- The ranger station has astronomy sessions in the evenings where students from UH Hilo help set up telescopes for moon and planet viewing. It gets extremely cold, but they sell coffee and tea and
ramen that you can heat up in their microwave.
- Below the summit of Mauna Kea, around mile 6 of the access road, there’s a small pulloff (on the right as you’re driving up). If you hike out a bit over the scoria, there are some flat-topped rocks. Have a look at the top of these – this is
the closest pointone of the closest points to the equator that you can find evidence of glaciation! There are glacial striations here, and the debris surrounding the outcrop is supposed to be remnants of a glacial moraine. (There are a lot of glacial features up there, but I didn’t get to see them all – the rangers will probably be able to steer you to them.)
- Laupahoehoe Beach Park has a monument to the people who were killed in the 1946 tsunami. It’s a beatiful place to camp, and they’ve installed tsunami warning sirens since the 40s.
- Waipio valley is absolutely worth the climb down the ridiculously steep road to get to the beach – some people will drive down, but I’d recommend not risking a rental car on it. Great saprolite exposures at the top of the road. If you make it to the far end of the beach (it takes a little stream-fording), you can see cliffs that expose a number of the lava flows that make up the ancient Kohala volcano. There are also boulders of some really funky lavas here; we found one piece that was chock full of huge plagioclase phenocrysts. Watch out for the donkeys that live in the area – they bite – and pay attention to the “kapu” signs; this used to be a burial ground for Hawaiian kings. I wouldn’t recommend much swimming – the surf is very rough and the area is known for sharks.
- Off Rt. 137 (Kapoho-Kalapana Rd), which you have to approach from the east or north (since the current flow field took out the ocean road), there is a black sand beach and breadfruit/palm tree molds. This is the remains of the Kalapana Gardens subdivision; the people who still live there planted hundreds of coconut palms along the newly formed beach here.
- On Rt. 250 (Kohala Mountain/Hawi Road) north of Waimea (the north end of the island), there’s a lava dome of benmoreite associated with late-stage, secondary melts from the Kohala volcano. I’m not sure of the exact location, but it’s a light-colored roadcut with a bit of an overlook down on the Waimea valley. The benmoreite is probably one of the most felsic rocks on the island, so it’s a bit of a novelty. (There are other benmoreites on Mauna Kea, but this is the only one I’ve seen.) *Sadly, I don’t have a photo of the outcrop, but this website does.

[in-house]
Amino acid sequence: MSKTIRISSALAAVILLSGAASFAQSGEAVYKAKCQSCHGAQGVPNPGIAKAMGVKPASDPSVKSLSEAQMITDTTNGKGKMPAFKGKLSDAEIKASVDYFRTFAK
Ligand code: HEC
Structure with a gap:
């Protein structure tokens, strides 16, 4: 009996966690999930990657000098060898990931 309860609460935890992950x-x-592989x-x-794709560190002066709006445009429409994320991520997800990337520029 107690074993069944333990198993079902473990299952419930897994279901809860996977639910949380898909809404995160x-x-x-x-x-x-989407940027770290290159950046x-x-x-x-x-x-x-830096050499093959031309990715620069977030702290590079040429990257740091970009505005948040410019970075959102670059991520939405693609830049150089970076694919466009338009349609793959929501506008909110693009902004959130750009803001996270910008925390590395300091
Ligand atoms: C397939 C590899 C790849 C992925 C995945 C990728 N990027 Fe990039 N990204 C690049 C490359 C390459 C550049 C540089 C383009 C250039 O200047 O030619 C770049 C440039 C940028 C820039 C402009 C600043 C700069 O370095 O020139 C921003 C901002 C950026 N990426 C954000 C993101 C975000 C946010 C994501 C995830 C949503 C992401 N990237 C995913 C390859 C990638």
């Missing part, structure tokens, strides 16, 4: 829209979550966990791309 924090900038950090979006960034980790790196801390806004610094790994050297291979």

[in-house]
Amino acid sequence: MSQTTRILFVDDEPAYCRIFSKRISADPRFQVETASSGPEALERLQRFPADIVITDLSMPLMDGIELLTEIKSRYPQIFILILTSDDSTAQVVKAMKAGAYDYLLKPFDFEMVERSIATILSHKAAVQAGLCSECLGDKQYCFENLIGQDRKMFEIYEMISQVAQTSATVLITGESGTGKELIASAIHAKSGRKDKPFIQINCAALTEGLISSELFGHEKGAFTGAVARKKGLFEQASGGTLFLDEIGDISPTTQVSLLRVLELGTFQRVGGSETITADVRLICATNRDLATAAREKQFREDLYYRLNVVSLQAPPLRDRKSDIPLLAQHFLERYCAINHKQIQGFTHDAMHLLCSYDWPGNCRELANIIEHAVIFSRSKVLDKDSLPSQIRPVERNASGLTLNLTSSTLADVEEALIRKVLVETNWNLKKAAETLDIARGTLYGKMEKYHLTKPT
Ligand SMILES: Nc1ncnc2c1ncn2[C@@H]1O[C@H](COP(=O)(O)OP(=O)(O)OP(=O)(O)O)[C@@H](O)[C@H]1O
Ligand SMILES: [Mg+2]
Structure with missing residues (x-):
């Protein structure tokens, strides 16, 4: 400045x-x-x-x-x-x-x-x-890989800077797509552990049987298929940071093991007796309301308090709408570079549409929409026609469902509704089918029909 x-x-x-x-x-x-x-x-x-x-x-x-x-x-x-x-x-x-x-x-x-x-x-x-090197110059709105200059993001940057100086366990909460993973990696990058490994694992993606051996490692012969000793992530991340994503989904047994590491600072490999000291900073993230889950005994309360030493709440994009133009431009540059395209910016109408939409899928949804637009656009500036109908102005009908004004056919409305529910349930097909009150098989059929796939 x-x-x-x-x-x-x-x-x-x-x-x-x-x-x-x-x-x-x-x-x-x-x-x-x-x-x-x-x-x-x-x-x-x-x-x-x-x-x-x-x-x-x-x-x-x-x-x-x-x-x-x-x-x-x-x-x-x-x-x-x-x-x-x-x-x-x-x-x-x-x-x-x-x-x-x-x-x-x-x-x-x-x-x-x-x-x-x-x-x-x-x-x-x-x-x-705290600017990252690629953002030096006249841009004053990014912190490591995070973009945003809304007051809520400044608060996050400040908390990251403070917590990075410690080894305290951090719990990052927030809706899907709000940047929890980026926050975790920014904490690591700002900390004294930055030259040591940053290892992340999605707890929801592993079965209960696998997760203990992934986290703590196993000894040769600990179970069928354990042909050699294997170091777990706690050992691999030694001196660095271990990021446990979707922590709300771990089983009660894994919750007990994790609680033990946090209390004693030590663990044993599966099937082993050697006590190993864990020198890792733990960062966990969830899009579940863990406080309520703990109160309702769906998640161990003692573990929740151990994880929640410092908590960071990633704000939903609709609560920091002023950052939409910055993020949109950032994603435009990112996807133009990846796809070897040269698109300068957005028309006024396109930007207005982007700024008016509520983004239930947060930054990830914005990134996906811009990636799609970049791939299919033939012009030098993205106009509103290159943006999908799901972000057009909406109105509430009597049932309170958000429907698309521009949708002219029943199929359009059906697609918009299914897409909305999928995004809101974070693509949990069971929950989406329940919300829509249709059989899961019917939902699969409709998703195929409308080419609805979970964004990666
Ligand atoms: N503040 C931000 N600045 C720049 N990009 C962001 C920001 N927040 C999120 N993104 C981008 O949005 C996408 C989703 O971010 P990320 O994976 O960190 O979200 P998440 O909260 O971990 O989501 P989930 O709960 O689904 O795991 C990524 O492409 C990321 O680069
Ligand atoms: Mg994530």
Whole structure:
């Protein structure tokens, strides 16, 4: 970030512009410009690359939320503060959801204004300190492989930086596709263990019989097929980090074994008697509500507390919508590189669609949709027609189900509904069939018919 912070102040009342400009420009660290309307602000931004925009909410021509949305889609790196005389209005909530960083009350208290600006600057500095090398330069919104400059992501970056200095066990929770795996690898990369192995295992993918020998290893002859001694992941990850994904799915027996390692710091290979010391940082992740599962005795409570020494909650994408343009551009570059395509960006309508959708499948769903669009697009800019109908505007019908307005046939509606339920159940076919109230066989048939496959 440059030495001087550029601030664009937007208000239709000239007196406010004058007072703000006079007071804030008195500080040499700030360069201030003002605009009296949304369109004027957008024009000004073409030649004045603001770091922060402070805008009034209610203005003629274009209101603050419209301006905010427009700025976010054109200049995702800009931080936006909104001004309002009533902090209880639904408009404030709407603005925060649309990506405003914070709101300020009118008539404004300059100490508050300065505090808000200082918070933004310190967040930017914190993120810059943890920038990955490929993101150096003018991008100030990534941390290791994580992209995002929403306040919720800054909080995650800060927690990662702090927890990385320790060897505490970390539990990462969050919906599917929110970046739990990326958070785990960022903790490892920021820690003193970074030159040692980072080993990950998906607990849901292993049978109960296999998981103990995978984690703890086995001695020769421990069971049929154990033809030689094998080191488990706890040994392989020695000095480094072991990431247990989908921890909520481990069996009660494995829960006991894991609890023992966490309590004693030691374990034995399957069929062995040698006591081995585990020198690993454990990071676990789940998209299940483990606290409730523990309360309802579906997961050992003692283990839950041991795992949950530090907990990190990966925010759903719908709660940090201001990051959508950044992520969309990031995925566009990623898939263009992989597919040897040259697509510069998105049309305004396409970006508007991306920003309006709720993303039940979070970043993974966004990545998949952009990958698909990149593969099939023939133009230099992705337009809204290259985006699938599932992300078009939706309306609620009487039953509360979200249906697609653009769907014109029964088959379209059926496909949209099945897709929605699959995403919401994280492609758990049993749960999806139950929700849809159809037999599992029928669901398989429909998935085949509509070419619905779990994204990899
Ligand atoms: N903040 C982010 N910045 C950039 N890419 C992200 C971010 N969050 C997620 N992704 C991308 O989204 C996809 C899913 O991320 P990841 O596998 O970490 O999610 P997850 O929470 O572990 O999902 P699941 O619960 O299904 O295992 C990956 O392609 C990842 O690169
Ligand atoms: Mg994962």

For those of you who want more detailed geological descriptions than I’ve been providing, the USGS has some good Open-File geologic maps of the islands, and Hawaii Volcanoes National Park sells more detailed ones (as well as topo maps with trails marked).
A few safety reminders: If you’re going out hiking on the lava fields (or anywhere else in Hawaii, for that matter), make sure you have the right gear, enough water and lots of sunscreen. Hawaii is much closer to the equator than most people realize, and it is very easy to get dehydrated and sunburned there (a really bad combination). I saw far too many people on both of my visits without proper hiking gear (sturdy shoes, long pants, hats, sunglasses, etc). Thick work gloves are also important for hiking on lava – when you fall, you tend to break your fall with your hands, and believe me, you don’t want to grind volcanic glass into them. Also, if you’ll be anywhere near hot lava, don’t wear thin synthetic clothing. Picking melted nylon off your skin is not a fun exercise, no matter how great your new bug-zapper button-down is. Natural fabrics (cotton and linen) will scorch but not melt.
For a short hike (no more than a mile or two), bring at least two Nalgenes of water. For a long hike, bring a least a gallon – that’s at least four Nalgenes. It’s heavy, but you’ll drink all of it, because it gets darned hot out there. Follow the same rules you would if you were in a desert – there is nowhere on those lava fields to get water, and rainwater that collects in hollows is often filled with nasty microscopic critters. Don’t ever go hiking off-trail without an experienced guide, and certainly don’t do it in flip flops. (I have seen people do this, and it is truly shocking.)
That said, Hawaii is a truly awesome place to explore, and even better if you do it safely. Watch out for yourselves!